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Review: BLISS, Finborough Theatre

Based on a Russian short story, this new play never quite overcomes the challenges posed by its structure

Review: BLISS, Finborough Theatre

Review: BLISS, Finborough Theatre In the chaotic aftermath of the Russian Revolution, Nikita follows a tramp along a riverbank until he reaches his home town where he meets a childhood friend, Lyuba. He starving and smelly, she's bright and bubbly, a medical student full of optimism. Almost by default (most people their age are dead or gone) a hesitant romance is kindled in the ashes of war, but the PTSD has eaten all the way into Nikita's soul and the tramp has turned from a guide into a brooding malevolent shadow.

Fraser Grace's play is based on a 1939 short story by Andrey Platonov which vibrates with that certain strand of Russian sensibility that one might call the 'hopelessness of hope'. Of course, with the ordinary Russian soldier once more pitched into a war on what was Soviet soil, the resonances are clear and there's something to cling on to at the end, so maybe the message is that there is light at the end of the tunnel - I certainly hope so.

Jesse Rutherford's Nikita has the pinched look of a Raskolnikov, occasionally turning mute, locking his pain away inside his tormented mind. Bess Roche captures Lyuba's desires and fears, all floating on her willingness to believe the best in Nikita and in herself - she is born out of time into a world with little use for her considerable potential. Jeremy Killick packs plenty of eerie menace into his ghostly tramp and later when doubling as The Investigator, who articulates some of the hellish scenes that have provoked Nikita's trauma.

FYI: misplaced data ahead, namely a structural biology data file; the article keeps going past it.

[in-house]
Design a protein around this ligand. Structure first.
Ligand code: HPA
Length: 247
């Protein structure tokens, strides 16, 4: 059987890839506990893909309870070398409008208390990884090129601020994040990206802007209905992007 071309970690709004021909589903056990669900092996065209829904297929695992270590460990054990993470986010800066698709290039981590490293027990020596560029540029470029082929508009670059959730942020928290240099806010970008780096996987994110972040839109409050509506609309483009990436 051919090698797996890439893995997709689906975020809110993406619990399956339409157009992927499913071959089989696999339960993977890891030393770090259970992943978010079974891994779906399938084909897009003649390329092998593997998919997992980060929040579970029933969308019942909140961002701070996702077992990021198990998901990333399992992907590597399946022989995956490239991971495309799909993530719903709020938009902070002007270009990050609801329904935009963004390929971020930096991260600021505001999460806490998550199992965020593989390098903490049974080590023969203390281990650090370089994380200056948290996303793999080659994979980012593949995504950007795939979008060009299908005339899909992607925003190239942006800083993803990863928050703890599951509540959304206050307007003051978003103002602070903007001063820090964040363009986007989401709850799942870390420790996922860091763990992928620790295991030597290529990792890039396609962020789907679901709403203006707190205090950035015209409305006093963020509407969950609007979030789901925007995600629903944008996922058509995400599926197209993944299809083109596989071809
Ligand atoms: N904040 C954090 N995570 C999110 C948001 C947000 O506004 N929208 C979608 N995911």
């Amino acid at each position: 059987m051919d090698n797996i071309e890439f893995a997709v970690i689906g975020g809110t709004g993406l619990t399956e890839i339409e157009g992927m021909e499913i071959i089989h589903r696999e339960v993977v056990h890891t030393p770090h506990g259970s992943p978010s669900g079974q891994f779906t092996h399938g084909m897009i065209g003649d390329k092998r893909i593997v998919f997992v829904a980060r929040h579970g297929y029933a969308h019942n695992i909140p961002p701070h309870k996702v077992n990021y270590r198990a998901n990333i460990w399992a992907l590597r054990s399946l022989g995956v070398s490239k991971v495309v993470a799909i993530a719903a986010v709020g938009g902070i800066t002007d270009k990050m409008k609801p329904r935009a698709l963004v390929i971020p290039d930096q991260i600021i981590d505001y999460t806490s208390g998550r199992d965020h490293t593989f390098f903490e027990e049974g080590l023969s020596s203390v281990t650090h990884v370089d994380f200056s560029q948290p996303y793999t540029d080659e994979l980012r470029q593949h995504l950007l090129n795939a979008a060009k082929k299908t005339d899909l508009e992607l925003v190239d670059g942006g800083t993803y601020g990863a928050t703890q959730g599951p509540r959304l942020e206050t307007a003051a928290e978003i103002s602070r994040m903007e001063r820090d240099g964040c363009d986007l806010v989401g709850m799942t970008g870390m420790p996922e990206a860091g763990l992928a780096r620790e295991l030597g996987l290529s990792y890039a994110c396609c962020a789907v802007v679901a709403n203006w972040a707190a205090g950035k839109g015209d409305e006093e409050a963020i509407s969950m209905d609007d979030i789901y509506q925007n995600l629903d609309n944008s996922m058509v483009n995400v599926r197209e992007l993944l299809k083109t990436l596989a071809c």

Paul Bourne takes on both design and directing duties and never quite balances the two. The cast have to effect so many set changes (wooden crates and pallets used to suggest homes, workplaces and even a river) that the dramatic tension dissipates almost as soon as it has built and the run time is pushed out to over two and a half hours - and there just isn't enough story for that.

We get the symbolism of a revolution building something that then needs to be rebuilt, but it's asking too much of an audience to see so much back and forth on stage - I ended up concerned about the cast's risk of splinters, which rather shatters the intended mood.

As ever, this venue is willing to take a chance on new and challenging work - a laudable service to theatre especially in the aftershock of the pandemic - but I wondered what was new about this new play. It's well acted, the costumes are particularly impressive at close quarters and it's plugging into an increasing awareness of how mental health can impact on relationships, but PTSD has been mined out as a theme for post-conflict drama and I couldn't discern wider themes beyond that.

Maybe that absence of an effective anchor to the plot would not of been so clear had a pacy one hour version been staged but there are so many opportunities for the mind to wander that one ponders about where exactly the heart of the story lies - and, unlike the river that defines the landscape, one finds the substance of the tale to be rather too shallow.

Bliss is at the Finborough Theatre until 11th June

Photo Credit: Jack Sain



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